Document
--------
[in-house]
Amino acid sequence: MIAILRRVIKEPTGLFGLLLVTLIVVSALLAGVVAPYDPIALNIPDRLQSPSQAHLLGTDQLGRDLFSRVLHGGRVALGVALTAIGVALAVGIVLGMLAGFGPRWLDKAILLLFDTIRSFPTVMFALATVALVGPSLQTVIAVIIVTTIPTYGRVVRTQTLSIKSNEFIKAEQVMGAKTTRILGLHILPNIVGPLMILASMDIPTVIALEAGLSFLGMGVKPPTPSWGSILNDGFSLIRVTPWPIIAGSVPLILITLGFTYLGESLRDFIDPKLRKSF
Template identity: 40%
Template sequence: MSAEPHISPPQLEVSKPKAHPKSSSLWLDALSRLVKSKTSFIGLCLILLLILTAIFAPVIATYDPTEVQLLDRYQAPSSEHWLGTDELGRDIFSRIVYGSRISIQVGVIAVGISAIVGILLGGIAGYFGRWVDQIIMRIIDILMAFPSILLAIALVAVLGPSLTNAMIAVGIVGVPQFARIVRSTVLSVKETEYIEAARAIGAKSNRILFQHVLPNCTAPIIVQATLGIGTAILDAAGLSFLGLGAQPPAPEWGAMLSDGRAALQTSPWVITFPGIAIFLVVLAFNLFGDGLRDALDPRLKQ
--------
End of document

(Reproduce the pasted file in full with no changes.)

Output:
[in-house]
Amino acid sequence: MIAILRRVIKEPTGLFGLLLVTLIVVSALLAGVVAPYDPIALNIPDRLQSPSQAHLLGTDQLGRDLFSRVLHGGRVALGVALTAIGVALAVGIVLGMLAGFGPRWLDKAILLLFDTIRSFPTVMFALATVALVGPSLQTVIAVIIVTTIPTYGRVVRTQTLSIKSNEFIKAEQVMGAKTTRILGLHILPNIVGPLMILASMDIPTVIALEAGLSFLGMGVKPPTPSWGSILNDGFSLIRVTPWPIIAGSVPLILITLGFTYLGESLRDFIDPKLRKSF
Template identity: 40%
Template sequence: MSAEPHISPPQLEVSKPKAHPKSSSLWLDALSRLVKSKTSFIGLCLILLLILTAIFAPVIATYDPTEVQLLDRYQAPSSEHWLGTDELGRDIFSRIVYGSRISIQVGVIAVGISAIVGILLGGIAGYFGRWVDQIIMRIIDILMAFPSILLAIALVAVLGPSLTNAMIAVGIVGVPQFARIVRSTVLSVKETEYIEAARAIGAKSNRILFQHVLPNCTAPIIVQATLGIGTAILDAAGLSFLGLGAQPPAPEWGAMLSDGRAALQTSPWVITFPGIAIFLVVLAFNLFGDGLRDALDPRLKQ